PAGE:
Perhaps Harris would reply that he is arguing for a secular approach to ethics, one based on science, and that hence it is appropriate to attack the main rival to the secular, namely the religious. But apart from the fact that philosophers from Socrates to John Rawls have been offering secular moralities, why does Harris not actually engage those (like Saint Thomas Aquinas) who have offered religiously-based systems of ethics?
(3) On human flourishing as the goal of morality.
Human flourishing is a great idea. I’m all for my own flourishing, thank you, but what exactly does Harris mean by human flourishing? Whose flourishing? Everyone’s? Mine? Yours? All of us together? Do we average that out for a medium, not-so-exciting flourishing for all, or seek to enable one person, or a select few, to flourish? Wall Street is back to flourishing these days, while Main Street continues to founder: How does a society deal with that kind of inequality, or should it? What about these issues: Is flourishing equal to having a lot of money? Peace of mind? Many children? No children?
Harris’ answer to all of these questions appears to be: I know human flourishing when I see it (and you do too, he adds). He then battles mightily against the idea that we can’t define human flourishing. For the record, I’m not saying that we can’t. I’m only saying that I want to know his definition. Isn’t defining that term – or stating how we could find its definition — rather important for a science seeking to enable it?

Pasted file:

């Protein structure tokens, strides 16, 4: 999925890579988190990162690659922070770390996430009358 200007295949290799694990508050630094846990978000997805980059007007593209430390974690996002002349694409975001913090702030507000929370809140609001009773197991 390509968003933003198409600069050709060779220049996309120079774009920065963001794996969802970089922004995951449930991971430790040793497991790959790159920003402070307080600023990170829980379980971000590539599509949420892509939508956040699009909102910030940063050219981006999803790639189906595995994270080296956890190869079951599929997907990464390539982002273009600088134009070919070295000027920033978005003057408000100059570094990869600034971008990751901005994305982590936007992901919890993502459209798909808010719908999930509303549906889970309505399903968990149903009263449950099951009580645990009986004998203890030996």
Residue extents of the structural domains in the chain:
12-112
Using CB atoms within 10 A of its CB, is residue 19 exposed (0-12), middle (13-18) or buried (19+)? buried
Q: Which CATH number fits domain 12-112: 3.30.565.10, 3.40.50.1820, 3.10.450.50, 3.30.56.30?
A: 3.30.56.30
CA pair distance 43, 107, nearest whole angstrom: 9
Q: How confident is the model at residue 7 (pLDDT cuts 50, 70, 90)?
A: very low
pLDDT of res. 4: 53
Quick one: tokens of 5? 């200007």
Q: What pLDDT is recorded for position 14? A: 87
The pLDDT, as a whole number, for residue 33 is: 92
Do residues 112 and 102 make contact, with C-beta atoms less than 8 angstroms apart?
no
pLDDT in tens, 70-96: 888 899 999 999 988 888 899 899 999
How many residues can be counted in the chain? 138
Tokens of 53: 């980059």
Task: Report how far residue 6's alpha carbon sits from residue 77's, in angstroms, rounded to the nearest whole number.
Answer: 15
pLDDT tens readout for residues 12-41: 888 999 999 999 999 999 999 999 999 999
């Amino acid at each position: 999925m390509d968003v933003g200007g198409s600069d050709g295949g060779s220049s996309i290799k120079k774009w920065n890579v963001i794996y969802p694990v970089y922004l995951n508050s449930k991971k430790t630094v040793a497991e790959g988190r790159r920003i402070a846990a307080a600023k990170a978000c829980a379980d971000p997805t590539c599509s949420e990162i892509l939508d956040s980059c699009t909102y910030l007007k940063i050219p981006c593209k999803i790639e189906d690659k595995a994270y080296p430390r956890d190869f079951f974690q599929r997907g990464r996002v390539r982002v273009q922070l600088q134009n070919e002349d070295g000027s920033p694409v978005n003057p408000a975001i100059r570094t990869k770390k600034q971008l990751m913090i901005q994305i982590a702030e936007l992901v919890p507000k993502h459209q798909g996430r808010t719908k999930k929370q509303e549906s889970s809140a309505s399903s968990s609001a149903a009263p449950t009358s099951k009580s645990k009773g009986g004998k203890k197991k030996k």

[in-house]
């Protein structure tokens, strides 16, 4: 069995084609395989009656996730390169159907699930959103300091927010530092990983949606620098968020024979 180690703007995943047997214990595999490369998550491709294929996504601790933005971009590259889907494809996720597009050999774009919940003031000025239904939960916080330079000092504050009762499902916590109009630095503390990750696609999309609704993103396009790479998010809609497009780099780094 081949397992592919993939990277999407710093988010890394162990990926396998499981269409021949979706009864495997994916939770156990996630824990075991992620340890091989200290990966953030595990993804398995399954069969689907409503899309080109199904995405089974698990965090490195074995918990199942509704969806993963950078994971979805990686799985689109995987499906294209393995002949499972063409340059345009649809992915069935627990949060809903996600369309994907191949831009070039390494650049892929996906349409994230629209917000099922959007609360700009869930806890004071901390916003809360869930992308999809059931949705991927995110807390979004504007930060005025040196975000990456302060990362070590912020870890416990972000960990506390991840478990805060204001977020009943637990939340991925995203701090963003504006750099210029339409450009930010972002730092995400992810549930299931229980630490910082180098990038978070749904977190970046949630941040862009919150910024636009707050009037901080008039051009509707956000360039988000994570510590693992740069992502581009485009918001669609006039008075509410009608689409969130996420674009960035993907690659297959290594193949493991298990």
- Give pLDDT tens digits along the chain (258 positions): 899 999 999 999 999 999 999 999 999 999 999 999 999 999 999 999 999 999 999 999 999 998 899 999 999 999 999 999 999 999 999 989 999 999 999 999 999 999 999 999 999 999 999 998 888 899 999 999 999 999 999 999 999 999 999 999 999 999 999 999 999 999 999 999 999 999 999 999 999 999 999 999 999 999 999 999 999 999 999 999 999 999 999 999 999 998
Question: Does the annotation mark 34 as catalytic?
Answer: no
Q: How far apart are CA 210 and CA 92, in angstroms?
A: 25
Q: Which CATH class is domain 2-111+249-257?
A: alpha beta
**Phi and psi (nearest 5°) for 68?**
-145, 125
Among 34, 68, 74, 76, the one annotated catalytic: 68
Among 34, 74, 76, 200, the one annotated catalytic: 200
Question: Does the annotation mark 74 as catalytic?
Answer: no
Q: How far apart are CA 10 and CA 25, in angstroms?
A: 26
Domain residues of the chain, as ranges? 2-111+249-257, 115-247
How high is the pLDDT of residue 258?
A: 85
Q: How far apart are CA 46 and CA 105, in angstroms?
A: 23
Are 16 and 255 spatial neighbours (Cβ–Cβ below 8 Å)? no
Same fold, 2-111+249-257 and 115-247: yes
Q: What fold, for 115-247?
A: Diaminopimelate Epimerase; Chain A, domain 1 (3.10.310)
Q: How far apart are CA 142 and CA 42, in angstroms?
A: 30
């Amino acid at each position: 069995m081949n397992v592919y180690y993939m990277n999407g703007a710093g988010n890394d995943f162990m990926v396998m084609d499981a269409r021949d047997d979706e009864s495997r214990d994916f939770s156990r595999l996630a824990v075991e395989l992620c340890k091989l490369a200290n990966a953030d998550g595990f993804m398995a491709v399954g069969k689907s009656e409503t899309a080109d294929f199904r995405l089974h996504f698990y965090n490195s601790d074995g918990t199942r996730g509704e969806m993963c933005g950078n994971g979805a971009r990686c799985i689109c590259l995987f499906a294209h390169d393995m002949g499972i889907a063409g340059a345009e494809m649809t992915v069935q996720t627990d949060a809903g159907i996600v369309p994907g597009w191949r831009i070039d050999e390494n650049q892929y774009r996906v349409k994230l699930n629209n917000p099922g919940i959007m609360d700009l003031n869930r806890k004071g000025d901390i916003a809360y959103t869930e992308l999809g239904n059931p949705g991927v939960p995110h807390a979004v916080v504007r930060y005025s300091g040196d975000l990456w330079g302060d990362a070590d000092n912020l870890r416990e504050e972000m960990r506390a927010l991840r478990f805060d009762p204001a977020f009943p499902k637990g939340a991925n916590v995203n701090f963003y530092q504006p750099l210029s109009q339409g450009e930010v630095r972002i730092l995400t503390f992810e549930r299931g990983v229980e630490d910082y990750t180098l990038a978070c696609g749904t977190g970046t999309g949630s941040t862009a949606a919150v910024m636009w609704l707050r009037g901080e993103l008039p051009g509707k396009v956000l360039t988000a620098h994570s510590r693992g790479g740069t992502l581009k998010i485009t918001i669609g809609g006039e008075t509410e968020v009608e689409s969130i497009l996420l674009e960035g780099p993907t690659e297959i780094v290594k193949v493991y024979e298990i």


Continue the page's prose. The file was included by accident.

(5) On creating a science of human flourishing.
At first Harris seems specific. Such a science will determine human flourishing by studying the brain. The newest scanning technologies will be employed. But Harris ignores questions about how that would work, what such a science would do and, even more importantly, how the results would and should be used. In this case the devil really is in the details. How would this information be employed in creating public policy? Would my right to believe and behave differently be curtailed?
The only information I could find on these important questions didn’t come from Harris’ book, but from an interview with him that Salon.com published on Oct. 17:
Let’s say scientists do end up discovering moral truths. How are they supposed to enforce their findings? Would they become something like policemen or priests?